Highly acclaimed and loved by fans and critics alike, Pixar’s genre-breaking smash hit The Incredibles first graced our screens back in 2004. Let me tell you, fourteen years is a really, really, really long time to wait for a sequel, especially one as highly anticipated as Incredibles 2. The longer you wait for something, the more difficult it becomes to pull off, not only in terms of how styles, trends and technology in movies have changed, but also because you’ve got over a decade of anticipation and hype to live up to.

Picking up exactly where the first film left off, as if to highlight that they’re not missing a beat (or fourteen years’ worth of beats), Incredibles 2 opens with the epic face-off between the Parr family – Bob, a.k.a. Mr. Incredible (Craig T. Nelson), Helen, a.k.a. Elastigirl (Holly Hunter), Violet (Sarah Vowell), Dash (Huck Milner) and Jack-Jack (Eli Fucile) – and The Underminer (John Ratzenberger). With some help from Frozone (Samuel L. Jackson), our heroes are able to avoid disaster, but their battle comes with some unintended consequences. Thanks to The Underminer’s antics, superheroes, or “supers,” are once again scrutinised and lambasted for the excessive collateral damage that their battles cause. The same reason that supers were outlawed in the first place, way back when.

Before the Parrs can prepare to uproot their lives and go into hiding once again, siblings Winston (Bob Odenkirk) and Evelyn (Catherine Keener) Deavor approach them with a deal. Founders of a powerful telecommunications company, the Deavors are on a mission of their own. They want to bring back the golden age of superheroes and have the super laws rescinded. To effect this change, they intend to focus on the bravery and heroics of supers, as opposed to the damage they unintentionally cause. This means that Elastigirl is thrown back into the crime-fighting spotlight as the face of this campaign, as we all know Mr. Incredible isn’t precisely subtle with his antics. As Elastigirl once famously remarked, “Leave saving the world to the boys? I don’t think so.”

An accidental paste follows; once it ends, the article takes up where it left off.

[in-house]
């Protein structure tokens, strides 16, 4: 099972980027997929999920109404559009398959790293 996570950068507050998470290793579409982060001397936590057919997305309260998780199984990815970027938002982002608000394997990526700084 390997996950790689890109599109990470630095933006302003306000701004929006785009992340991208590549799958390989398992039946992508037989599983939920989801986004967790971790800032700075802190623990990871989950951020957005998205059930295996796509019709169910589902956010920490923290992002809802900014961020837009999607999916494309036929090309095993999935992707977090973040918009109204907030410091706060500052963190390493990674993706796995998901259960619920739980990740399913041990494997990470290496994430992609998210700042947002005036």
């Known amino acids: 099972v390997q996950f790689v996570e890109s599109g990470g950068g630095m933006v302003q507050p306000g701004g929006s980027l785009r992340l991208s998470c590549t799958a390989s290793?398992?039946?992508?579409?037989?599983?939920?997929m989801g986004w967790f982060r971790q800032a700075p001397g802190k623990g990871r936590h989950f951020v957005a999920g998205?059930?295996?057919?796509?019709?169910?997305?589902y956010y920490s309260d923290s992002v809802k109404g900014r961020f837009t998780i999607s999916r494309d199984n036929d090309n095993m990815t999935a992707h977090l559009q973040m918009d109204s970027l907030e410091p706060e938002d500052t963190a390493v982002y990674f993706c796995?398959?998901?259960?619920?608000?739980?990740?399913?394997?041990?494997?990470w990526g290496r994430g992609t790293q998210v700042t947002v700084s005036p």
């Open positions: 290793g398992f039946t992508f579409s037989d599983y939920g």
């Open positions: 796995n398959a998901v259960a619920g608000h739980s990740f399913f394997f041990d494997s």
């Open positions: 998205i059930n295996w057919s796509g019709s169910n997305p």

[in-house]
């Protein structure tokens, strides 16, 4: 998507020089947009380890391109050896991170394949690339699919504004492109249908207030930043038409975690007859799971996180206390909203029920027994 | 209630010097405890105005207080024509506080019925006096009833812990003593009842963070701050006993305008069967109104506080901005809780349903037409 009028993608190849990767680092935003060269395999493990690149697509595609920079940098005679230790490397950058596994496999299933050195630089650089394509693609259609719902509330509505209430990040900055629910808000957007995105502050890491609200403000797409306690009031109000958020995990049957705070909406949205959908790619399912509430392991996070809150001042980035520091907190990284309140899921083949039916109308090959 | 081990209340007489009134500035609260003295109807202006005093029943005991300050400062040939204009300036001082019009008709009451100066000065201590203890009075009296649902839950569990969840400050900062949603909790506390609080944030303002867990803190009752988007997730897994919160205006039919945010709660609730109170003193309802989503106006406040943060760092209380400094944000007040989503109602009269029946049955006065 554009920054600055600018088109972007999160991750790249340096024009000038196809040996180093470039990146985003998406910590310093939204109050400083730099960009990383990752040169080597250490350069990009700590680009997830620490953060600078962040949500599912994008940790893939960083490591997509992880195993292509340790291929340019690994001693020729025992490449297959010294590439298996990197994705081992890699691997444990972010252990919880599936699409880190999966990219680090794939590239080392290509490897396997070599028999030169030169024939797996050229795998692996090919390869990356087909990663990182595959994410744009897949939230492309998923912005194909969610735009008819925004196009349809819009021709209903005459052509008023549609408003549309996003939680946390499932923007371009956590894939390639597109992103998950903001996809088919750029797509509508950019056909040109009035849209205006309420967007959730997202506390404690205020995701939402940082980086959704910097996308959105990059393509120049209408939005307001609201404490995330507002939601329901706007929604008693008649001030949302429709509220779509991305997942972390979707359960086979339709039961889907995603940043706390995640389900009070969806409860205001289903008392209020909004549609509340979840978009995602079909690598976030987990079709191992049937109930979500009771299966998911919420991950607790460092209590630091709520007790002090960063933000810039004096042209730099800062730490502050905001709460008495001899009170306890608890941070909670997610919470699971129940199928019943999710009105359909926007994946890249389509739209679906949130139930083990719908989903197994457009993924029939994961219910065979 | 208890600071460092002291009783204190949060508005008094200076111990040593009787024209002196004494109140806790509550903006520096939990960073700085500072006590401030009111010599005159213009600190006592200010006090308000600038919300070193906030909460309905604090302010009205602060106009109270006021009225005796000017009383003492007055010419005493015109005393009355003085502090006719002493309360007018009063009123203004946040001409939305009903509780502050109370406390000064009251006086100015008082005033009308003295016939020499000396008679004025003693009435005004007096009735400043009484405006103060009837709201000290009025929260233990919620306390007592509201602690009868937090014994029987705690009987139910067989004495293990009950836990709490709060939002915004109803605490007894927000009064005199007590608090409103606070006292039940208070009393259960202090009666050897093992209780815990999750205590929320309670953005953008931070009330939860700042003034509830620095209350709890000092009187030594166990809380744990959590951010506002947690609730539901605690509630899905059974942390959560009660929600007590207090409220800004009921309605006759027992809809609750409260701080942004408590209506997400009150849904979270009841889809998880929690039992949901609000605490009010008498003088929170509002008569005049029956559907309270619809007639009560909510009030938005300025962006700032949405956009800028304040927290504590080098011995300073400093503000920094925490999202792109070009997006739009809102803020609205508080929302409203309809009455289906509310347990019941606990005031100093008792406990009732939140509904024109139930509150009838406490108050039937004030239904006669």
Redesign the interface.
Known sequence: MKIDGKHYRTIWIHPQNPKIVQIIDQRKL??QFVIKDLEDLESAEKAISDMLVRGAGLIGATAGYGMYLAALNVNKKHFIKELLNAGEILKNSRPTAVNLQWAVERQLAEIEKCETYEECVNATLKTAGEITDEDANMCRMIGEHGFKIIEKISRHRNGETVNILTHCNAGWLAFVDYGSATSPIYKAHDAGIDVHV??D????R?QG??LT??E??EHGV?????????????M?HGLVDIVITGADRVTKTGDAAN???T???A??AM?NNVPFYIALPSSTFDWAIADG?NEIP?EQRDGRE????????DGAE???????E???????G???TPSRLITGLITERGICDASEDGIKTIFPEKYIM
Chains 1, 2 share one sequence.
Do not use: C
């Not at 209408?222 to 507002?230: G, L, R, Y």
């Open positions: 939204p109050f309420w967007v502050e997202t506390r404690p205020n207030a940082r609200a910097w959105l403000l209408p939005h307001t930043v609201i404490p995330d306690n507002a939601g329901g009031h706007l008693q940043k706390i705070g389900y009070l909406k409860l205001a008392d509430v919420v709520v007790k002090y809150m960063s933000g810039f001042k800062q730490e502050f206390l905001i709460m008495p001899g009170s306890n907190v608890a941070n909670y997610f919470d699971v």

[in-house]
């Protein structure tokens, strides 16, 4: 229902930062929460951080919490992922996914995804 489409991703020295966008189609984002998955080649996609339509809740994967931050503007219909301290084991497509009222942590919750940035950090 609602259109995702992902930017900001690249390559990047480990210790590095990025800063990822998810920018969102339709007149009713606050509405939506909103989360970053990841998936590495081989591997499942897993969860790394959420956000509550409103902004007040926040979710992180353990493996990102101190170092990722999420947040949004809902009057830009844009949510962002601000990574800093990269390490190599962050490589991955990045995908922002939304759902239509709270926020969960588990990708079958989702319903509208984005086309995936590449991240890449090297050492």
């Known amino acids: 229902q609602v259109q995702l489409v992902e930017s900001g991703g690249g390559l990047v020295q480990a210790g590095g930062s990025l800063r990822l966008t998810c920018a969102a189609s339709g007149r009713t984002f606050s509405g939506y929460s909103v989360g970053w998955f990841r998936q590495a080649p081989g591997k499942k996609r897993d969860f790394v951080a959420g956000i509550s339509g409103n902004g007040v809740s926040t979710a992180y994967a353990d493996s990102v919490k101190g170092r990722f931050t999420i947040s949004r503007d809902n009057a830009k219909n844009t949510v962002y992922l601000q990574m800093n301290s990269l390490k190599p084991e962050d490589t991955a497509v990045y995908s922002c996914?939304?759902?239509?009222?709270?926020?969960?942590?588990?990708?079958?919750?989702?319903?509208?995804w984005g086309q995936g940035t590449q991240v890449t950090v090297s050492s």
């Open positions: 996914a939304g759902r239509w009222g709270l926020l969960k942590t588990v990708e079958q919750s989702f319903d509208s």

While this setup leads to the sitcom-like trope of “clueless dad has to take care of the kids”, it’s obviously going to be a little different when there are superheroes involved. For one thing, the male domination in so many professions is addressed. For another, the strong leading man gets to confront his weaknesses and learn that there are different kinds of superpowers. It’s not a new concept, but having a gender role reversal explored here, with female-led action, is refreshing and appreciated.

The actual plot of the movie isn’t really anything to write home about. I wouldn’t say it’s a complete rehash of the first film, but there are definite parallels – being sent back to square one and having to hide their superpowers, for one thing, but smaller themes consistently recur too. The downsides to superheroes, the crisis of identity, the theme of family and so on. The twist at the end is also completely transparent and can be seen coming from a mile away. But, even though you know where the movie is going, it’s still immensely fun to get there.